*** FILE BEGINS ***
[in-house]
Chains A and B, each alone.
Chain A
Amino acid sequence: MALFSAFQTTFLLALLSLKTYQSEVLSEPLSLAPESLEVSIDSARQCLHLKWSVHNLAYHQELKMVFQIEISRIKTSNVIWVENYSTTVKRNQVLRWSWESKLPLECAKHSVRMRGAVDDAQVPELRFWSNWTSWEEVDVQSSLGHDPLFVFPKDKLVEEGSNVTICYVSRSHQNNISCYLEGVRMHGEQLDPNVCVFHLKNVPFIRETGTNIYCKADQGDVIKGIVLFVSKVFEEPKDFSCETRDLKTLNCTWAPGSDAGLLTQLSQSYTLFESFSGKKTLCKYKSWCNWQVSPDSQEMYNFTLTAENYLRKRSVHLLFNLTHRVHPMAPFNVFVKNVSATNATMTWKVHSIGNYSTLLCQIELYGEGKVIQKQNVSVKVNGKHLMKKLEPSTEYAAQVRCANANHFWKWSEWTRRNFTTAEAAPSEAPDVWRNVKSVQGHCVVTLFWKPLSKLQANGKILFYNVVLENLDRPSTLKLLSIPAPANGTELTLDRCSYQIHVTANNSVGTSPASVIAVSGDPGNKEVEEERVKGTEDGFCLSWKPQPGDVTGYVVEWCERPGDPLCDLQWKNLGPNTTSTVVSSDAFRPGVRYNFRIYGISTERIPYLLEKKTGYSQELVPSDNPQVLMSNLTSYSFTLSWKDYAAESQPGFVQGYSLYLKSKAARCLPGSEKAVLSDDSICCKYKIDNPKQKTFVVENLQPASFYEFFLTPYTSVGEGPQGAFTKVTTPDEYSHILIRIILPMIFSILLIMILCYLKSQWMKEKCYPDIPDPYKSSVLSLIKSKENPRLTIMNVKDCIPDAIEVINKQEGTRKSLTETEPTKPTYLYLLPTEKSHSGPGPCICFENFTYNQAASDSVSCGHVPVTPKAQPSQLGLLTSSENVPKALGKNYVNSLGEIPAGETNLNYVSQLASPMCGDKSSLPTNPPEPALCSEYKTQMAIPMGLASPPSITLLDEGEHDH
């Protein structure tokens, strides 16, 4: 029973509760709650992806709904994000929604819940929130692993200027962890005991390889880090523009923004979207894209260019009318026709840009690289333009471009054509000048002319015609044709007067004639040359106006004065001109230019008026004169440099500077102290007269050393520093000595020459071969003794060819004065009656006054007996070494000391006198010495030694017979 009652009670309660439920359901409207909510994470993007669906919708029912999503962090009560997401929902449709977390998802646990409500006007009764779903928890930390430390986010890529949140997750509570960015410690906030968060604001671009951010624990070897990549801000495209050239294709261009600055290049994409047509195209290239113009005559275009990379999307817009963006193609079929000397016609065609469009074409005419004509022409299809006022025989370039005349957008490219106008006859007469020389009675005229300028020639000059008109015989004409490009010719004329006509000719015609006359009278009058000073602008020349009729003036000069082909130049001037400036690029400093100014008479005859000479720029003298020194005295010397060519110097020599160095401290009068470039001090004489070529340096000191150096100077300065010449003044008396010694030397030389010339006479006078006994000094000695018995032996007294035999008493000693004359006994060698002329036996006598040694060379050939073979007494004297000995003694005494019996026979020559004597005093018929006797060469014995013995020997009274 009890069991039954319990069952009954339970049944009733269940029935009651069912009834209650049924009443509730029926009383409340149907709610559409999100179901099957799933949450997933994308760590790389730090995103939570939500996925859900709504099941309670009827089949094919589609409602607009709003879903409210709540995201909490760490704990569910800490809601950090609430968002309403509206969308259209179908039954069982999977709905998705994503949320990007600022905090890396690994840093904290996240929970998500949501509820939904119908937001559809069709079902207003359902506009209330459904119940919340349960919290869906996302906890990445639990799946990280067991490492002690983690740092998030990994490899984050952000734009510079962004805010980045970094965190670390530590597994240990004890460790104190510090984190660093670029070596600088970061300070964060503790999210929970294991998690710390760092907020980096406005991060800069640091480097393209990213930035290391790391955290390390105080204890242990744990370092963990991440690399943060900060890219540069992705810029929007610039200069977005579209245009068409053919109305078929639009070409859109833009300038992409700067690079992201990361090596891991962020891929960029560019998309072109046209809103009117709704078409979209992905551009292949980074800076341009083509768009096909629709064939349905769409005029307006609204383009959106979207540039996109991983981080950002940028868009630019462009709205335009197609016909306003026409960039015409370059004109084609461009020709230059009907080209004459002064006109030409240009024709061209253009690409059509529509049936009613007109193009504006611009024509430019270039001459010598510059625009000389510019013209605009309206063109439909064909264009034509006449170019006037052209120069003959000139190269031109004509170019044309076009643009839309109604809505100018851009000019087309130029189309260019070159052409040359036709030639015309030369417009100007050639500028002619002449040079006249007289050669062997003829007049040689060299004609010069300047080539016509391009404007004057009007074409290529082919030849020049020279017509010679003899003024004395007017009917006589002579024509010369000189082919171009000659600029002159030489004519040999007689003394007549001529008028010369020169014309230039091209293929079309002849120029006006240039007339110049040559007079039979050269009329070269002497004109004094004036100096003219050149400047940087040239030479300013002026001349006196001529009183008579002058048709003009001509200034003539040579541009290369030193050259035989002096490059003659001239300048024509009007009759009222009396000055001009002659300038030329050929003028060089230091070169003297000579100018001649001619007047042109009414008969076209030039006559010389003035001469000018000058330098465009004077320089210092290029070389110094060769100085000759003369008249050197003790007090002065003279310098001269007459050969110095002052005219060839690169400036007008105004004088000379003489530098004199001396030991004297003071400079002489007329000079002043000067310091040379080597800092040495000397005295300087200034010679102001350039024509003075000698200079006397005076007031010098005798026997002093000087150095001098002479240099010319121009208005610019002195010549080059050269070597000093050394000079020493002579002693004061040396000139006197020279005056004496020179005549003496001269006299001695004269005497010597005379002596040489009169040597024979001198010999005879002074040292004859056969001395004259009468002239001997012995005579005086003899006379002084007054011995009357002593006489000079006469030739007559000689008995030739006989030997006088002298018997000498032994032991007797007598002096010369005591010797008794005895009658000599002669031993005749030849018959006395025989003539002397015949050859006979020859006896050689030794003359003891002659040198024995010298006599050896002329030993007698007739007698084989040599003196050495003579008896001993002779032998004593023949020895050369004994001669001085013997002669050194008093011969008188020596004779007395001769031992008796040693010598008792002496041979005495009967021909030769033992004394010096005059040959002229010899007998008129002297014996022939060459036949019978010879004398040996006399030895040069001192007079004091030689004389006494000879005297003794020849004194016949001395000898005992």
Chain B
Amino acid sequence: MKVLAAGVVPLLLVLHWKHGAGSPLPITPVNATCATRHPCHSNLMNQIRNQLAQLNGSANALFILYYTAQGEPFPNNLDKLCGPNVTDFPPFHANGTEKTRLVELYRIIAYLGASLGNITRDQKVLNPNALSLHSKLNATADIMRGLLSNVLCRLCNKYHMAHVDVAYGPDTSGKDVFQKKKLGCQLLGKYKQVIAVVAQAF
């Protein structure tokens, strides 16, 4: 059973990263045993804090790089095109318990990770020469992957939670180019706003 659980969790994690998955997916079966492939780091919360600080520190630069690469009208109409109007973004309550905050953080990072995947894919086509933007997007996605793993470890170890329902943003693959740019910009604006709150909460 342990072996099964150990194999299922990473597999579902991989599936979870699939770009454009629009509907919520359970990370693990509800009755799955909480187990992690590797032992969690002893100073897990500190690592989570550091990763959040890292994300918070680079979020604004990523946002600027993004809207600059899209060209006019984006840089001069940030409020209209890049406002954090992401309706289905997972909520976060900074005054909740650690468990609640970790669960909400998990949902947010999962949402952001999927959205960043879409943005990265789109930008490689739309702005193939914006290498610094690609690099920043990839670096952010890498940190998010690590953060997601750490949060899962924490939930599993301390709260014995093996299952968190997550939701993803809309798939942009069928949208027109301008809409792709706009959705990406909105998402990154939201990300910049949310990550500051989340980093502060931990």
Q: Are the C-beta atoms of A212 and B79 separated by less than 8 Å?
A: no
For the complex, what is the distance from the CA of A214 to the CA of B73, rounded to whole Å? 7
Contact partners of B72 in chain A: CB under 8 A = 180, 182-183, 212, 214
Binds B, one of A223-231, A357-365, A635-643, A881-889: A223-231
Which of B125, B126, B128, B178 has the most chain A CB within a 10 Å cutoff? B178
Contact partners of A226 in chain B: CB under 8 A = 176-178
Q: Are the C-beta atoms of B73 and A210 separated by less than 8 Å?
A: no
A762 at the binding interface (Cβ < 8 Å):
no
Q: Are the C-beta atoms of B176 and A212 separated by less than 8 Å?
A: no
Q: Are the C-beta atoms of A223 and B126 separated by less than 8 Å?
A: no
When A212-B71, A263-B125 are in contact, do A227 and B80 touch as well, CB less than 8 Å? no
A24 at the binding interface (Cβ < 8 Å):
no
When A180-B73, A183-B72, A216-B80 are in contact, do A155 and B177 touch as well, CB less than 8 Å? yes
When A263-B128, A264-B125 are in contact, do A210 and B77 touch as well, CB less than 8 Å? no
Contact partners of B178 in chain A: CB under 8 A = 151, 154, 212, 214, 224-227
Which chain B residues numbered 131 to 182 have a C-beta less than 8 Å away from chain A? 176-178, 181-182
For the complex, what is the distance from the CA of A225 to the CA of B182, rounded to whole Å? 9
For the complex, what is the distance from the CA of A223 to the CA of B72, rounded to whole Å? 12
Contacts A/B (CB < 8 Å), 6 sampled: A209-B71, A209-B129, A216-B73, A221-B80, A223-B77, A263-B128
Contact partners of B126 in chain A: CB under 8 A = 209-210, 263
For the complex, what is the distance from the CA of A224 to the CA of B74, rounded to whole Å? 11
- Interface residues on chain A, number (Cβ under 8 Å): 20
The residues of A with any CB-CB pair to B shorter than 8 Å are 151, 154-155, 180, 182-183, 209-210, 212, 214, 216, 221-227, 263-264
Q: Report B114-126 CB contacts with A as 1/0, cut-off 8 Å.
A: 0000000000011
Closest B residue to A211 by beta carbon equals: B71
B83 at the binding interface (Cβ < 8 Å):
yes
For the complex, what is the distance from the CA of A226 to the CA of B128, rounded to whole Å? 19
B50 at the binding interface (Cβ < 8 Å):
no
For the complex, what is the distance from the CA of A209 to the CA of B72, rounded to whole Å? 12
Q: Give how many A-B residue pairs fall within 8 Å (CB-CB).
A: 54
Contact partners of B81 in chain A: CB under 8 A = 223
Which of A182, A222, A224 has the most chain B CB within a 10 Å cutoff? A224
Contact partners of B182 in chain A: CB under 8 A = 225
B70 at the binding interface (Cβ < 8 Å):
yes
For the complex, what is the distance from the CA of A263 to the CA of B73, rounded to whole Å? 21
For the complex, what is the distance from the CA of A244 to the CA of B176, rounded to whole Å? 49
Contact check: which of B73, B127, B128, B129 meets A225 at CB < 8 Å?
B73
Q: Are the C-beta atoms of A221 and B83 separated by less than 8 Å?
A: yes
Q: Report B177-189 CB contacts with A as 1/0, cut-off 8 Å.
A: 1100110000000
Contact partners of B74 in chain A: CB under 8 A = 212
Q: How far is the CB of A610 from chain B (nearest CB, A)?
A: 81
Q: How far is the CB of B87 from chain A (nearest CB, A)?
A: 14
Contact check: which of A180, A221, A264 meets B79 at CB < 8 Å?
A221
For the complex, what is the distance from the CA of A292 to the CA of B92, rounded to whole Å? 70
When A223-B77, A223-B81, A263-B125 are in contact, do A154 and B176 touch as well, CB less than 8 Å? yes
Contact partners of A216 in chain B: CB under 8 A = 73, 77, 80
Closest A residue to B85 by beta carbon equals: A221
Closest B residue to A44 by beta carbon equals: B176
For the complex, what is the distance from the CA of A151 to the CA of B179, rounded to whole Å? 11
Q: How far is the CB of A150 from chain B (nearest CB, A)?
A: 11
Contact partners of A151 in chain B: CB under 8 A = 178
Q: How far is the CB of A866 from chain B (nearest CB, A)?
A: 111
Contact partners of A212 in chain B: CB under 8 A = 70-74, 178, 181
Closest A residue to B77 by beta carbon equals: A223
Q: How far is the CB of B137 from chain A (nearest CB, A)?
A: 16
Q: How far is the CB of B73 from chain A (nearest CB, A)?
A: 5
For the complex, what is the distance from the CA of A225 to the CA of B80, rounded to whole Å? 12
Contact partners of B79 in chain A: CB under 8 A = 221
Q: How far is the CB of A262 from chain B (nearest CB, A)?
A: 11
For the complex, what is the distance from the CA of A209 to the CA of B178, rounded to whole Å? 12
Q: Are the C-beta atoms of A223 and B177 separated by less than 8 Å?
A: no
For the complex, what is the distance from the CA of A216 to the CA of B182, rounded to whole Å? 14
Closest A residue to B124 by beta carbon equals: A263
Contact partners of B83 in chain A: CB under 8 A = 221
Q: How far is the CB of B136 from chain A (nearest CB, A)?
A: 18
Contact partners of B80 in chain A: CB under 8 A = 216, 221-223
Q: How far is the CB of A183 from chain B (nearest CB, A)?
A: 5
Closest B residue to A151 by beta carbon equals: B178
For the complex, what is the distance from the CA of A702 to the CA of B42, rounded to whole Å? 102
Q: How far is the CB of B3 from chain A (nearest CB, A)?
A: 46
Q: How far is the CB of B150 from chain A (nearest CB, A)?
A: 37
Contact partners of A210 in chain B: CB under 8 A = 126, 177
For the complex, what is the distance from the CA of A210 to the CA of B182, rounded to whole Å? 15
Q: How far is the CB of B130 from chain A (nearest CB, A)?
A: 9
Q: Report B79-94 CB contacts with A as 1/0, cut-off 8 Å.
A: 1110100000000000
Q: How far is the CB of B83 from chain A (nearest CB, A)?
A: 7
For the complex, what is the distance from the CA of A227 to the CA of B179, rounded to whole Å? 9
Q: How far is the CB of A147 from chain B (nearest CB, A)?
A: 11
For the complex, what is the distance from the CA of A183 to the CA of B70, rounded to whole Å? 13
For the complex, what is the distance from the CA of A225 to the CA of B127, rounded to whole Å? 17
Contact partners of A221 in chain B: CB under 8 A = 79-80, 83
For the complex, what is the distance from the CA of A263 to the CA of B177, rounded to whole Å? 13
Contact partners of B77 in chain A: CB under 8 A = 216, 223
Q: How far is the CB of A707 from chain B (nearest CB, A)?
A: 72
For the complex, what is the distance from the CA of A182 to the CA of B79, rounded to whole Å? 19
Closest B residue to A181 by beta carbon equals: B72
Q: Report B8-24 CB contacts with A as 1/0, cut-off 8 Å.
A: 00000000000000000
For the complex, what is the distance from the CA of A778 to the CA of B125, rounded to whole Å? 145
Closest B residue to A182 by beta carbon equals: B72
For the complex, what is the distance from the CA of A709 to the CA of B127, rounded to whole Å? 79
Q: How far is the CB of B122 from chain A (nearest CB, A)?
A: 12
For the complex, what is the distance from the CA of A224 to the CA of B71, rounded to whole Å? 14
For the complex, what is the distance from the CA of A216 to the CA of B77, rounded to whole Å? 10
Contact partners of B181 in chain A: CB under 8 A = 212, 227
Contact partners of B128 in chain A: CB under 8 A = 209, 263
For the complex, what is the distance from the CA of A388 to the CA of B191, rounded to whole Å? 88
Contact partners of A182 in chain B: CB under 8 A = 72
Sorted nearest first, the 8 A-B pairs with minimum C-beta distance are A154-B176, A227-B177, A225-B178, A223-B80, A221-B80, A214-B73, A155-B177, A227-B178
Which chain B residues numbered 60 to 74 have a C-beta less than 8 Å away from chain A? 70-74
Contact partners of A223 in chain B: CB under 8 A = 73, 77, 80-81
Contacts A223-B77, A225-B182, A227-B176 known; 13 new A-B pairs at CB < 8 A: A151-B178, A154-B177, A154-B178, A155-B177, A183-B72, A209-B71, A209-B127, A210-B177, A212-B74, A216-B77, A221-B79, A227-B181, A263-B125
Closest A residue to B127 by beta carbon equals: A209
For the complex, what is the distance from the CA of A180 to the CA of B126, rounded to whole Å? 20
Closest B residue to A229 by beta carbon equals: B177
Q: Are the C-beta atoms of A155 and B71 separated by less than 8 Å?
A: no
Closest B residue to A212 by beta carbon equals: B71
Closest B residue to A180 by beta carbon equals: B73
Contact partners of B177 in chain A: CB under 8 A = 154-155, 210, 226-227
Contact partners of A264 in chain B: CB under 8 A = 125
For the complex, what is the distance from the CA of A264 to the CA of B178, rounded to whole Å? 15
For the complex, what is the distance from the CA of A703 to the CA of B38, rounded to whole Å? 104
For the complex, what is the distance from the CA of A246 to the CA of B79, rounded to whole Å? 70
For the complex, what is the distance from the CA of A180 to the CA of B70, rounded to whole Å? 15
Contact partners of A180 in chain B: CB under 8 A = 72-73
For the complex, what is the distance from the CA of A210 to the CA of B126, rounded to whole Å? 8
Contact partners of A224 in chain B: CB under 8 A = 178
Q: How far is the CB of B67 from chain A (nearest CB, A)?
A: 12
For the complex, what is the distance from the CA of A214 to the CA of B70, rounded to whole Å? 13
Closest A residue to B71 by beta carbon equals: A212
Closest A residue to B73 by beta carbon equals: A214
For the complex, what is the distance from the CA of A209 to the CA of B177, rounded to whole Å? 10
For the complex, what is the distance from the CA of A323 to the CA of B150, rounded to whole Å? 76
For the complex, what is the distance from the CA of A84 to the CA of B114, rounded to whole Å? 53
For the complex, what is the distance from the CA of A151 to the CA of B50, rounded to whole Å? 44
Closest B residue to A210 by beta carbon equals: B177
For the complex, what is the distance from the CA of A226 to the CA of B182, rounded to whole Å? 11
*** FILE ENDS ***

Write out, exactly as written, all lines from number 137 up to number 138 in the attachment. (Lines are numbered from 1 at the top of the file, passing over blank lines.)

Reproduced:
Contact partners of B128 in chain A: CB under 8 A = 209, 263
For the complex, what is the distance from the CA of A388 to the CA of B191, rounded to whole Å? 88